photos by Melissa Payne
Live music is an essential form of art. Music provides a form of therapy for both the listener as well as the performer. Music has been deep-rooted throughout many cultures and generations as a form of expression, a way to tell stories, and document history. As the world shut down, the venues and the stages across the country went dark, and the final chords had been struck. On Monday night in Tulsa, live music returned with Ragland at the Mercury Lounge.
The Mercury Lounge Tulsa, a dive bar that was born in a garage, opened their doors to concert goers for live music once again. Under strict capacity guidelines for the opening, the bar welcomed around 20 people into the facility for the show and spaced seating to meet both local and state social distancing guidelines. While the look and feel of the show was certainly different, the environment felt very safe and secure. The atmosphere of the bar returned to an even more normal state when full time touring, Oklahoma based band, Ragland took the stage.
The set began when Autumn Ragland stepped up to center stage. Autumn started the set with a solo acoustic version of a brand-new tune written during quarantine titled, “Remember Me.” As the song ended, Autumn was joined on stage by her bandmates, fiddle slayer Lauren Lee and her husband, Sam Cox, on bass and kickdrum. The trio didn’t skip a beat, and jumped right into both unrecorded material and tunes from their most recent release, More Like a Melody. The album was recorded at Boohatch Studios under the mentoring of red dirt legend, Mike McClure. The record was released on Valentine’s day 2020, and featured 20 original songs written from the heart about life, death, love, and being on the road.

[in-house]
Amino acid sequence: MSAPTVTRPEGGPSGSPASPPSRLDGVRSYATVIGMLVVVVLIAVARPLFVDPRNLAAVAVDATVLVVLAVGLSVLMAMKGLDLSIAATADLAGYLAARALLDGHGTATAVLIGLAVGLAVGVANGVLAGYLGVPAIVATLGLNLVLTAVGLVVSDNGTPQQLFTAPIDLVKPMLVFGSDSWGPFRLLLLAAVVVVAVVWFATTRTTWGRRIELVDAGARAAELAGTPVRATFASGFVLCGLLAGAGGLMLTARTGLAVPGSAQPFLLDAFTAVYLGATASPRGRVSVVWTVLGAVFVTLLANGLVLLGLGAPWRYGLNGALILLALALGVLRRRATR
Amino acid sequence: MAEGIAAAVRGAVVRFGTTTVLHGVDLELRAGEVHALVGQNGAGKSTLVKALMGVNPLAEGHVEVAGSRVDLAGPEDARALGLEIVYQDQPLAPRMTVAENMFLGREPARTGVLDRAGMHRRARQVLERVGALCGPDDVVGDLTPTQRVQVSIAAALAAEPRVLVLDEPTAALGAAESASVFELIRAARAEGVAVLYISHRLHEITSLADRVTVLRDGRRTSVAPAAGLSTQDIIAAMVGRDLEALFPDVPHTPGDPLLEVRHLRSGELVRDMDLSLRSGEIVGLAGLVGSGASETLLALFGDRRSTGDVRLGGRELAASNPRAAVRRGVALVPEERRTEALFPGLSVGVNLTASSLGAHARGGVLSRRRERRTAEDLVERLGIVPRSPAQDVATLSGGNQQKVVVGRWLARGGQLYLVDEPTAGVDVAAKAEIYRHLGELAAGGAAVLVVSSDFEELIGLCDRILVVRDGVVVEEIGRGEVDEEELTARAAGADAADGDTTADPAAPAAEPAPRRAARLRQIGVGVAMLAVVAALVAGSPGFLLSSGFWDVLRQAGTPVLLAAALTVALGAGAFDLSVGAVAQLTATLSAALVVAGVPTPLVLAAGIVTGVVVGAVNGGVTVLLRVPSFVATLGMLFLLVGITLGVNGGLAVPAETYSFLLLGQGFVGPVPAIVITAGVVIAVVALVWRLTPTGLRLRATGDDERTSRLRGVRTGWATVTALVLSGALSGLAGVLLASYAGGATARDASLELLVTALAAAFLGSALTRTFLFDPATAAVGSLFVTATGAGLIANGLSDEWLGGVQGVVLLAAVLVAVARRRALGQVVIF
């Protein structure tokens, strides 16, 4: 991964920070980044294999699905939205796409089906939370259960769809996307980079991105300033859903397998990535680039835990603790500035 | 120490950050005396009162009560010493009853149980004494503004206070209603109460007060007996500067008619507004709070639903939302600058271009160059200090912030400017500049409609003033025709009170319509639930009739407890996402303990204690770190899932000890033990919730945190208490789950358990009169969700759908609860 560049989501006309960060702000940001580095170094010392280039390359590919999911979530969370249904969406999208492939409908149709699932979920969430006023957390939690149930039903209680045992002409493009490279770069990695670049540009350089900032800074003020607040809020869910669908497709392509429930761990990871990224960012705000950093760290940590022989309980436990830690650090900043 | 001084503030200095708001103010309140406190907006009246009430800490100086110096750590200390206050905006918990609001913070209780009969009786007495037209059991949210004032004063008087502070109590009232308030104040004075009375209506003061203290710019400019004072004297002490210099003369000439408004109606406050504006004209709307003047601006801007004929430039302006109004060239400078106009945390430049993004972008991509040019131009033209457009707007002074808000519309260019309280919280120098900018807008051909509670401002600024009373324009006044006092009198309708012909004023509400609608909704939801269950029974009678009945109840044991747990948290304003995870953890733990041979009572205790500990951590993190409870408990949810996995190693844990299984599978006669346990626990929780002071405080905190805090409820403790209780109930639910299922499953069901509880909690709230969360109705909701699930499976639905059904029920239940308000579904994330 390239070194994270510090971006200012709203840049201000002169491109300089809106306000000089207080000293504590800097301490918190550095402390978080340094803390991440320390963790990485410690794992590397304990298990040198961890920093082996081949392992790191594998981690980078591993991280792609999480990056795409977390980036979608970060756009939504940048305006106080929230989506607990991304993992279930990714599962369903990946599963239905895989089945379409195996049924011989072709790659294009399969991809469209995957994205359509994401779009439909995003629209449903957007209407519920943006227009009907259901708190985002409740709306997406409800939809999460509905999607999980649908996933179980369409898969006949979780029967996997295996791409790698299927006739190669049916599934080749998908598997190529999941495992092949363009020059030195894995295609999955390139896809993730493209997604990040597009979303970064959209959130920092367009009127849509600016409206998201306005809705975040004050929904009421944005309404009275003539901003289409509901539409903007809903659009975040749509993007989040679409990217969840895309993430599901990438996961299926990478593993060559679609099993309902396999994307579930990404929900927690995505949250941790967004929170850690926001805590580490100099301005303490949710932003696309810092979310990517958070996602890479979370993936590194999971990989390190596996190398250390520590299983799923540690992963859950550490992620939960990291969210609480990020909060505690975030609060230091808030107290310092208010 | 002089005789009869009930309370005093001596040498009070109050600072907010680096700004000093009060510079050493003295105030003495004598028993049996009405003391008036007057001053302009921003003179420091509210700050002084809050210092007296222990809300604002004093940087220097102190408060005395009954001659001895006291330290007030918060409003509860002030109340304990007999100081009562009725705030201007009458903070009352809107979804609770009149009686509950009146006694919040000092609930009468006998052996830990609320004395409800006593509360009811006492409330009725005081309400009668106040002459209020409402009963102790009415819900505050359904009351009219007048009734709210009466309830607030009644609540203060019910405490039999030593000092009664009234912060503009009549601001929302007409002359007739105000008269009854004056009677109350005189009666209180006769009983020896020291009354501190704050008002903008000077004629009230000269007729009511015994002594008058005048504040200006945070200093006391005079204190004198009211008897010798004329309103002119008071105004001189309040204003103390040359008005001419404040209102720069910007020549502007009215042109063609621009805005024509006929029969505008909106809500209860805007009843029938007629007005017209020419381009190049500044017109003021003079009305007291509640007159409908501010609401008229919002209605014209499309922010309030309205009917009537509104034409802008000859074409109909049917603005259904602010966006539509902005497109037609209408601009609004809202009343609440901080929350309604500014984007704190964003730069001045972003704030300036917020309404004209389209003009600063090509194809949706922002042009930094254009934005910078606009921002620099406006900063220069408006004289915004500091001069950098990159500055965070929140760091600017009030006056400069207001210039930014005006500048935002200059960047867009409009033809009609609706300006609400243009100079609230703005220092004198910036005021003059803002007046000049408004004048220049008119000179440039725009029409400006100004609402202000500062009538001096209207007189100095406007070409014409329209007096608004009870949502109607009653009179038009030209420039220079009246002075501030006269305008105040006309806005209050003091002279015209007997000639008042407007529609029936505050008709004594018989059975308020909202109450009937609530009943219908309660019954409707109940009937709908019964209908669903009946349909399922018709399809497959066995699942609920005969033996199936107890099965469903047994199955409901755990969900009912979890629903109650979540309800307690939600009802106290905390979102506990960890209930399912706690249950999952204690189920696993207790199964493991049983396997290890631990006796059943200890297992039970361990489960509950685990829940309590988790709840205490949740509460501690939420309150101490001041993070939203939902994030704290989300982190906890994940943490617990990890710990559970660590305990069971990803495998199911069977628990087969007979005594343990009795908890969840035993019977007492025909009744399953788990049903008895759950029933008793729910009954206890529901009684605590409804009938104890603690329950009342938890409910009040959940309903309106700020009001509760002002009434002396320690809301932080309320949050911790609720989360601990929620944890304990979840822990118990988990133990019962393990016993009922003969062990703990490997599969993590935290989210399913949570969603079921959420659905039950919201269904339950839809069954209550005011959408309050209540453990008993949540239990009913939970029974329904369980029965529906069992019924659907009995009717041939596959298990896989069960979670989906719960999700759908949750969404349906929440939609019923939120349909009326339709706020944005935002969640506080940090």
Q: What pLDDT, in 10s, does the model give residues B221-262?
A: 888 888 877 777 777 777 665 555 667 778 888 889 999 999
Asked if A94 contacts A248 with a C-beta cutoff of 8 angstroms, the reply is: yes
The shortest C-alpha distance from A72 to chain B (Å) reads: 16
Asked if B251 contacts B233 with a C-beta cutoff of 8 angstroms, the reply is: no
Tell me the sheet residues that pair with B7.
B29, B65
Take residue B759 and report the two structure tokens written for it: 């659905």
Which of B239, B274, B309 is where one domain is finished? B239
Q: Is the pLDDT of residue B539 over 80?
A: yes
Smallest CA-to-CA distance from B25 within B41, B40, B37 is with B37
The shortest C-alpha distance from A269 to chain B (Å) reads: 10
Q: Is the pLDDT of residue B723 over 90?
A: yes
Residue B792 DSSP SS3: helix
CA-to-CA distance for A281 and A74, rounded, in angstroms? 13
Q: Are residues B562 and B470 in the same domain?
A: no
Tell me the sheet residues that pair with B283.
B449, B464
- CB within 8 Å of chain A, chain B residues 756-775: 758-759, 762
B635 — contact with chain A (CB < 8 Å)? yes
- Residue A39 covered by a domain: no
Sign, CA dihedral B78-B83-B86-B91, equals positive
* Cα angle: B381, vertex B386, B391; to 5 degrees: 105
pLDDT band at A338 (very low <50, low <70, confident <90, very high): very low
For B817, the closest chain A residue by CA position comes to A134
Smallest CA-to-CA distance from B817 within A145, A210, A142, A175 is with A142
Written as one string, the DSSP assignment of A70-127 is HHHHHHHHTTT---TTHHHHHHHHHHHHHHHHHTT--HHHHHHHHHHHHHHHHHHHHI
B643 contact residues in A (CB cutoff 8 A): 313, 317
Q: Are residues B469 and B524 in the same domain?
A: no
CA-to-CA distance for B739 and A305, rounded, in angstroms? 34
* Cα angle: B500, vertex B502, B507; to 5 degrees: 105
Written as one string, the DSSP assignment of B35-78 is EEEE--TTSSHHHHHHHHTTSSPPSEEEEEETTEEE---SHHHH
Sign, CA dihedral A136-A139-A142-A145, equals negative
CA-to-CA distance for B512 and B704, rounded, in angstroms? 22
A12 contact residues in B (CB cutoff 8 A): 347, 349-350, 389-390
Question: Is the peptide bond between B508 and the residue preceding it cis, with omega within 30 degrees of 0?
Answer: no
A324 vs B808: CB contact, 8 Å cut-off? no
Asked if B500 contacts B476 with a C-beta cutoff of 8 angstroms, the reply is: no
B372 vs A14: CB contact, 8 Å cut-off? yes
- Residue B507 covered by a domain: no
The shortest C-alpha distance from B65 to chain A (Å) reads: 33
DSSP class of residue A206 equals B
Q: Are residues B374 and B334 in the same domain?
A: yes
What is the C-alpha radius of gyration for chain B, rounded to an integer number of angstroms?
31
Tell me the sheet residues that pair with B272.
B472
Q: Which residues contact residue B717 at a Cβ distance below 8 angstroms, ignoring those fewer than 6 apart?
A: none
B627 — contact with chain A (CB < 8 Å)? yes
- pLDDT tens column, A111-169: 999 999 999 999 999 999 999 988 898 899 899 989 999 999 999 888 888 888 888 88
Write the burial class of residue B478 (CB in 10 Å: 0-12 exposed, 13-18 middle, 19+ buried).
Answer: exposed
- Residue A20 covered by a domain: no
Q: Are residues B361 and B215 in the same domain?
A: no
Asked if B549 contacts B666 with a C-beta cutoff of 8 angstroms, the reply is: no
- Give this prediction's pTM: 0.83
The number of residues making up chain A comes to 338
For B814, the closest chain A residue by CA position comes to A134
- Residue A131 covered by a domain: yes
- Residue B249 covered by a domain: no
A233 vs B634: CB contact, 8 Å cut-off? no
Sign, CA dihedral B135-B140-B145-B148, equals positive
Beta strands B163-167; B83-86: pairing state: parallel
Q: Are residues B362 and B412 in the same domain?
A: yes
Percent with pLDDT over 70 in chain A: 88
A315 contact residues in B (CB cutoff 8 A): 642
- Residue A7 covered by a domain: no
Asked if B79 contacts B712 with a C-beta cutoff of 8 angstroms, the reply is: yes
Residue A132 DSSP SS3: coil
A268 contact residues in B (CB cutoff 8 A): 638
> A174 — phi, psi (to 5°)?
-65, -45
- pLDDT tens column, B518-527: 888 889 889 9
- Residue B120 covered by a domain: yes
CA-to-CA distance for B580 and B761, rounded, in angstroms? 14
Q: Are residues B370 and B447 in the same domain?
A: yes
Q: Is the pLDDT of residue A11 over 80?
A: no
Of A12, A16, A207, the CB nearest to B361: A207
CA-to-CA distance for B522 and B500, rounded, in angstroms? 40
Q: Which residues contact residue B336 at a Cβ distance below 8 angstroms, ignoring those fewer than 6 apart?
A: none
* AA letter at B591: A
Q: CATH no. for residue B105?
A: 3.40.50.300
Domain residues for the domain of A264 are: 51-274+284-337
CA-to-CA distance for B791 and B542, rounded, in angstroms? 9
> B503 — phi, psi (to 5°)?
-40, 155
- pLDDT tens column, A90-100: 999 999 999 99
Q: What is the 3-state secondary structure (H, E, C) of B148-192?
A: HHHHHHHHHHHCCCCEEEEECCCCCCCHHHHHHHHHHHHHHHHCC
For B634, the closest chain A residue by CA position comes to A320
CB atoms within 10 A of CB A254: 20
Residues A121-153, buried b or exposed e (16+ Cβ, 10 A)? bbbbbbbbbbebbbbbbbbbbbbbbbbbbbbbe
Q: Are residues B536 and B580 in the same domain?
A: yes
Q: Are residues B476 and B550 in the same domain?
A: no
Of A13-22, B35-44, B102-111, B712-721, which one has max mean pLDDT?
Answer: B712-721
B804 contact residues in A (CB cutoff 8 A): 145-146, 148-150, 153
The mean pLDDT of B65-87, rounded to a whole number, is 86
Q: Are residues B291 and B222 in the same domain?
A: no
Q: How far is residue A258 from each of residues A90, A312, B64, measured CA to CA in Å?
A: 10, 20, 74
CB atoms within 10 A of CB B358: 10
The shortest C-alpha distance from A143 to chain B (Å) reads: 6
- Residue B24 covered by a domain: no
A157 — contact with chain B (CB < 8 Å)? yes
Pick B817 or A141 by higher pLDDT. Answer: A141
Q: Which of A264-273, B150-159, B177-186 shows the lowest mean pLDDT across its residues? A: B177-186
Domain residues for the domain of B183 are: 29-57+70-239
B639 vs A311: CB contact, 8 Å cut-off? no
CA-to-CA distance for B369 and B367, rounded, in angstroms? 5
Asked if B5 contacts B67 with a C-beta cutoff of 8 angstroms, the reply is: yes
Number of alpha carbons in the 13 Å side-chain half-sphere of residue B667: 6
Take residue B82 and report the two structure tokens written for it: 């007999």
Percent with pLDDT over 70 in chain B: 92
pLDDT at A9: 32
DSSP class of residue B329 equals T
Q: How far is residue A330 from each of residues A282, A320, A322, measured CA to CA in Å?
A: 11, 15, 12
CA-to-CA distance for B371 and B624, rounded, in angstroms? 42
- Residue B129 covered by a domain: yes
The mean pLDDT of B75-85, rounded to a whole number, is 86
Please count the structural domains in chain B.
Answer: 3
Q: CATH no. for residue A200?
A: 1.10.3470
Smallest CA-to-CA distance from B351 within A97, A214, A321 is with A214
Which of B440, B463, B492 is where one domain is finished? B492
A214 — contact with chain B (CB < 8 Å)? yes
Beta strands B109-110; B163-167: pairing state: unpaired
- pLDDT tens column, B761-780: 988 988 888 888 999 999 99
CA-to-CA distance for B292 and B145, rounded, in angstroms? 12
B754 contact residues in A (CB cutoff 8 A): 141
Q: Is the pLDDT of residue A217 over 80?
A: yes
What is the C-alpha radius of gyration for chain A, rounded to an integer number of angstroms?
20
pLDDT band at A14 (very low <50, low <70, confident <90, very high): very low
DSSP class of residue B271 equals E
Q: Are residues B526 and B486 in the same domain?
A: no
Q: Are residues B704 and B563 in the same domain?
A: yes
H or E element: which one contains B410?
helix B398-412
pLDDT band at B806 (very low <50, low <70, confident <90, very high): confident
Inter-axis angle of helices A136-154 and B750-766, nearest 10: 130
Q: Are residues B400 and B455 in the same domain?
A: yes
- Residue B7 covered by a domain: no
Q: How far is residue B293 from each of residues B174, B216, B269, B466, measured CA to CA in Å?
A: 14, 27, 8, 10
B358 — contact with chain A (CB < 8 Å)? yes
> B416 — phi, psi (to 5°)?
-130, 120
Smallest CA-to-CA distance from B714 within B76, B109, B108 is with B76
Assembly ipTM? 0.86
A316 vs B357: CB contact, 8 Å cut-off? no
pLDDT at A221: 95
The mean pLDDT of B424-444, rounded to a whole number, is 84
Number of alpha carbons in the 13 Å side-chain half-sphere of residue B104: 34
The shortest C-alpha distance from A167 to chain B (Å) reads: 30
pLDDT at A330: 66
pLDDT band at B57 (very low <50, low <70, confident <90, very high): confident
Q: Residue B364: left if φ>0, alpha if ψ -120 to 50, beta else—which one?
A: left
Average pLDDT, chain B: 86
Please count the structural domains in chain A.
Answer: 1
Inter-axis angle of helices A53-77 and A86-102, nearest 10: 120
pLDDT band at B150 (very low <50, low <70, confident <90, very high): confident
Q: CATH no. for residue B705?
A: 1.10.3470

Live music is on the way back. The look and the feel are going to be different for a while as venues present a safe, clean, controlled environment. I asked Autumn and Sam to “describe the emotions that they felt standing on stage for the first time in months.” Autumn provided a very real response that I know personally a lot of people are going to have to adjust to both, on and off stage. “I’m not a natural performer by any means. It’s something I’ve always had to work at. And I struggle with social anxiety. It’s much easier to get on stage and feel at ease when I’m doing it every day, or at least on a weekly basis. Getting back on stage after social distancing for 2 months was honestly nauseating. The best part about it was how good it felt to play with my band mates again. That’s always pretty magical.” Sam went on to state that “It was refreshing to see people clapping, and putting money in the bartenders tip jar. Normal things you see at shows. It was a small sense of “normalcy.”
For more on Ragland and their album, More Like a Melody: